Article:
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If you’d like to know how our culture perceives gender roles, just take a look at what has become known as the hero’s journey.
Joseph Campbell introduced into public awareness a universal, timeless pattern found in the world’s myths he called the monomyth, identifying a pattern of archetypes and motifs that not only told the story of the journey of the hero but also decoded an innate pattern of inner spiritual transformation available to everyone.
Consisting of the three primary archetypes of departure, initiation, and return, Campbell put the emphasis on the beginning and the end, a call to a great adventure ending with returning as a hero. What was often overlooked was the middle phase, or the muddle, involving challenges and trials necessary that must be overcome as part of a deeper process of inner transformation.
What also happened as Campbell’s book The Hero with a Thousand Faces became more and more popular, is that a gender-based split developed between how men understood it and how women understood it.
Many men took it literally as a “hero’s” journey, which became a great adventure story with the emphasis on overwhelming odds to beat. Many women saw it as missing their experience of what their life is really about, and distinct versions of a “heroine’s” journey began to appear.
In the process, a separation of potentialities and archetypes into masculine and feminine categories occurred. This view keeps apart what we have access to as human beings – that all the archetypes are human potentialities, not either feminine or masculine. Keeping them separate runs the risk of letting the whole get lost in its parts.
Both the hero’s journey and the mystic way are built upon the same deep structure as story, following the pattern of beginning, muddle, and resolution. Both also represent a process of transformation that leads us to the object of our quest, the realization of our fullest potential.
The parallel in the Baha’i teachings – Baha’u’llah’s greatest mystical composition, The Seven Valleys – recounts “an exposition of the mysteries enshrined in the stages of ascent” for those undertaking the “journey to God.” Baha’u’llah further identified these seven stages as those “that mark the wayfarer’s journey from their mortal abode to the heavenly homeland.”
This journey goes well beyond the “return” of the hero and the “union” of the mystic. After the first three valleys of Search, Love, and Knowledge, The Seven Valleys takes us to the Valley of Unity, the mid-point in the journey, where we gaze upon “the manifestations of singleness,” pierce “the veils of plurality,” and behold the mysteries of divine creation “with the eye of God.”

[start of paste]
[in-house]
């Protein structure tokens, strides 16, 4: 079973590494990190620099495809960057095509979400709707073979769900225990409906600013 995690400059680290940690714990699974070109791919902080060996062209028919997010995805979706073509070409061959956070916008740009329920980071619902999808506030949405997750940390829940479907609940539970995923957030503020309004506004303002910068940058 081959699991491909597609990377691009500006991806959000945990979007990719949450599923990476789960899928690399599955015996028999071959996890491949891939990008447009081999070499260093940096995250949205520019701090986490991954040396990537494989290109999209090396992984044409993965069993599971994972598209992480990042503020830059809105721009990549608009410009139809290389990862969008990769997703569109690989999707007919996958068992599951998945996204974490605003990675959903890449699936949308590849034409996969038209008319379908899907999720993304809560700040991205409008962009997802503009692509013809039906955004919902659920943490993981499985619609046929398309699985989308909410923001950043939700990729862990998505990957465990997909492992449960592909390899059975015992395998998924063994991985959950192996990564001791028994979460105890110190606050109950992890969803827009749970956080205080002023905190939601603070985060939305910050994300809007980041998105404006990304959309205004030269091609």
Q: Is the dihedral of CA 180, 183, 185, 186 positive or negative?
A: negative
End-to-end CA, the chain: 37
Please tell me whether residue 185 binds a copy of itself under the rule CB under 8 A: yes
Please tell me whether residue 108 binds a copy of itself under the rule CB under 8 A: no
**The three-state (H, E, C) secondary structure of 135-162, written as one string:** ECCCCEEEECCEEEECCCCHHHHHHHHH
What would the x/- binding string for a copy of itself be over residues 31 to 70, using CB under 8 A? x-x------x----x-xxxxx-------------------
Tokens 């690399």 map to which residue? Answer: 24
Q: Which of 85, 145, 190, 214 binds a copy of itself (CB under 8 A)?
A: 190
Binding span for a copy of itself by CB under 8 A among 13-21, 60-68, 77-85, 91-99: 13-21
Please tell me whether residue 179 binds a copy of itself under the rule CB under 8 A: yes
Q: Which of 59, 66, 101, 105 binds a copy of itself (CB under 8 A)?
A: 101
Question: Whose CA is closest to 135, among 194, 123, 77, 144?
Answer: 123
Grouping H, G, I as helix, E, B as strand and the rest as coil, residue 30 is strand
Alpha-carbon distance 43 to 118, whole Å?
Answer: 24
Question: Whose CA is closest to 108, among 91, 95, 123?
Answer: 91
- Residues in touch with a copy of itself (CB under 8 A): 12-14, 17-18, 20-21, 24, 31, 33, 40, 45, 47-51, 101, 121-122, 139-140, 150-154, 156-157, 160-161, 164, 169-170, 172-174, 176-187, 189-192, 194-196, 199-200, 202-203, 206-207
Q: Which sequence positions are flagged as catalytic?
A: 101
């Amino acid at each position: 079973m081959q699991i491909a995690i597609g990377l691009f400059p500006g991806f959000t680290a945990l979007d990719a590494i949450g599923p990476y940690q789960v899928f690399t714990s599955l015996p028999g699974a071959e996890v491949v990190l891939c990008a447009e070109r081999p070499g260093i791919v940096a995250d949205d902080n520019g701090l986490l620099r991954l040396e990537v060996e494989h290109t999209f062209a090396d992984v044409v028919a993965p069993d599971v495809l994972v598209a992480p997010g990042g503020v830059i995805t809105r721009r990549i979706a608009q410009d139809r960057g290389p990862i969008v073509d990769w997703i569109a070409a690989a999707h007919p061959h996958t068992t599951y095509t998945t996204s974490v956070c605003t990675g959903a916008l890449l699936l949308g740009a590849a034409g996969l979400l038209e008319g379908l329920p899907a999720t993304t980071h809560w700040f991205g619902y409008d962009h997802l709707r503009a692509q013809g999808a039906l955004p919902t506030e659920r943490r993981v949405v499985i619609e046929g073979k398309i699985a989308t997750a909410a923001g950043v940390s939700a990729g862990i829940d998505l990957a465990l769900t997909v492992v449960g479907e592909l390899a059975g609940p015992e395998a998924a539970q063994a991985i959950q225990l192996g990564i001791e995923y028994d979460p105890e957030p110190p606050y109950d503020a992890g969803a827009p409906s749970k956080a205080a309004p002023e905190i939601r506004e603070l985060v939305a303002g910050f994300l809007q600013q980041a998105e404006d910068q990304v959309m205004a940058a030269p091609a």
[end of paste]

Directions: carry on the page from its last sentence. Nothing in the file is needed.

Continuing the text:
The final three valleys, Contentment, Wonderment, and True Poverty and Absolute Nothingness, represent the refined realms of “the heaven of Divine Unity” where we “drink the delicate wines of the spirit,” witness “the beauty of the Friend in all things,” are “lost in awe before … a wondrous world and a new creation,” reach the station of “living in God, of being poor in self and rich in the Desired One,” and experience “a unity that is sanctified above both these stations.”
What becomes evident from this spiritual path that has “no visible ending in this temporal world” is that it represents the journey of the soul, returning us to the state in which we were created – “whole and perfect.”
It is “necessary for the soul that was from God to make this journey back to God” because, as Abdu’l-Baha said, we are “in need of divine education and inspiration” as “the spirit and bounties of God are essential” to our development, because “The pathway of life is the road which leads to divine knowledge and attainment. Without training and guidance the soul could never pass beyond the conditions of its lower nature.”
In this context of the mystic journey of the soul, and in relation to the journey leading us through an essential process of transformation, the hero’s journey and the heroine’s journey can be re-united into a single gender-less journey that illustrates how the pattern they both share is designed to return us all to our inherent wholeness with a unitive consciousness.
Removing the perceived boundaries between masculine and feminine journeys to our fullest potential also removes the vestiges of our long history of living with a consciousness of duality.
Remembering our wholeness eliminates the choice of either/or, masculine or feminine, and upholds the integrity of both/and, to focus on all the qualities and characteristics we have in common as human beings.
The pattern of the journey to wholeness provides a model for discovering that, at our essence, we are more like others than not. This prepares us for the most satisfying thing we can experience — the sense of union with creation that comes through service to, and deep interpersonal relationships with, others.
Adapted from A New Story of Wholeness: An Experiential Guide for Connecting the Human Family by Robert Atkinson.